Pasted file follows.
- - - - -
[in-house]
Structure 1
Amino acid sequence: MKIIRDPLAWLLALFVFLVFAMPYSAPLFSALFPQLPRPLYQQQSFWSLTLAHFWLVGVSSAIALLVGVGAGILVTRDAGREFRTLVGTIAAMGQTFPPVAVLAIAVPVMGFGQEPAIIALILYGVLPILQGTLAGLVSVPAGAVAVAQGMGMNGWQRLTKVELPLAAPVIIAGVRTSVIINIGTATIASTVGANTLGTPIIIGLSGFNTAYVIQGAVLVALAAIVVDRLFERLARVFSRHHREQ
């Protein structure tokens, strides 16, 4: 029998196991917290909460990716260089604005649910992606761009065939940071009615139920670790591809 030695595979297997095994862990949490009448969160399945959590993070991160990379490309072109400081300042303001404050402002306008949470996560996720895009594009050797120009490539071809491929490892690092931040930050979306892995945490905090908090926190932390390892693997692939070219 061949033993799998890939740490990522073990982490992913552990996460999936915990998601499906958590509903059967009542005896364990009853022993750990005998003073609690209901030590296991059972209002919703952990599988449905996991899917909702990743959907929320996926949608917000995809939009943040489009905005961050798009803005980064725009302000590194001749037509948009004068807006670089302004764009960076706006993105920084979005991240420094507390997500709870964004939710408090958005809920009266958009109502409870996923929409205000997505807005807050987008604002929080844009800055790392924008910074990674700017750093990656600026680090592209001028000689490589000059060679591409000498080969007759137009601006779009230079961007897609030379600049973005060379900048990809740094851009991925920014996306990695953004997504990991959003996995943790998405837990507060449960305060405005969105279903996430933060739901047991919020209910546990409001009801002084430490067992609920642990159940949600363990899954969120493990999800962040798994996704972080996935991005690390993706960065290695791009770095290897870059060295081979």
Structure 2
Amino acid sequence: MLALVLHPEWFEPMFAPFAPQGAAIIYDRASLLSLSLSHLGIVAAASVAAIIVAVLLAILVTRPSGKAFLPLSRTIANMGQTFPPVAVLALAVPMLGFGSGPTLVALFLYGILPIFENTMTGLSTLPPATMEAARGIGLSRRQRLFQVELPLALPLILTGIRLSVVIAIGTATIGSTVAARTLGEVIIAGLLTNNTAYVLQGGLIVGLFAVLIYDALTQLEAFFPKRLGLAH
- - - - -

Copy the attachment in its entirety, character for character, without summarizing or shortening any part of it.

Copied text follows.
[in-house]
Structure 1
Amino acid sequence: MKIIRDPLAWLLALFVFLVFAMPYSAPLFSALFPQLPRPLYQQQSFWSLTLAHFWLVGVSSAIALLVGVGAGILVTRDAGREFRTLVGTIAAMGQTFPPVAVLAIAVPVMGFGQEPAIIALILYGVLPILQGTLAGLVSVPAGAVAVAQGMGMNGWQRLTKVELPLAAPVIIAGVRTSVIINIGTATIASTVGANTLGTPIIIGLSGFNTAYVIQGAVLVALAAIVVDRLFERLARVFSRHHREQ
């Protein structure tokens, strides 16, 4: 029998196991917290909460990716260089604005649910992606761009065939940071009615139920670790591809 030695595979297997095994862990949490009448969160399945959590993070991160990379490309072109400081300042303001404050402002306008949470996560996720895009594009050797120009490539071809491929490892690092931040930050979306892995945490905090908090926190932390390892693997692939070219 061949033993799998890939740490990522073990982490992913552990996460999936915990998601499906958590509903059967009542005896364990009853022993750990005998003073609690209901030590296991059972209002919703952990599988449905996991899917909702990743959907929320996926949608917000995809939009943040489009905005961050798009803005980064725009302000590194001749037509948009004068807006670089302004764009960076706006993105920084979005991240420094507390997500709870964004939710408090958005809920009266958009109502409870996923929409205000997505807005807050987008604002929080844009800055790392924008910074990674700017750093990656600026680090592209001028000689490589000059060679591409000498080969007759137009601006779009230079961007897609030379600049973005060379900048990809740094851009991925920014996306990695953004997504990991959003996995943790998405837990507060449960305060405005969105279903996430933060739901047991919020209910546990409001009801002084430490067992609920642990159940949600363990899954969120493990999800962040798994996704972080996935991005690390993706960065290695791009770095290897870059060295081979």
Structure 2
Amino acid sequence: MLALVLHPEWFEPMFAPFAPQGAAIIYDRASLLSLSLSHLGIVAAASVAAIIVAVLLAILVTRPSGKAFLPLSRTIANMGQTFPPVAVLALAVPMLGFGSGPTLVALFLYGILPIFENTMTGLSTLPPATMEAARGIGLSRRQRLFQVELPLALPLILTGIRLSVVIAIGTATIGSTVAARTLGEVIIAGLLTNNTAYVLQGGLIVGLFAVLIYDALTQLEAFFPKRLGLAH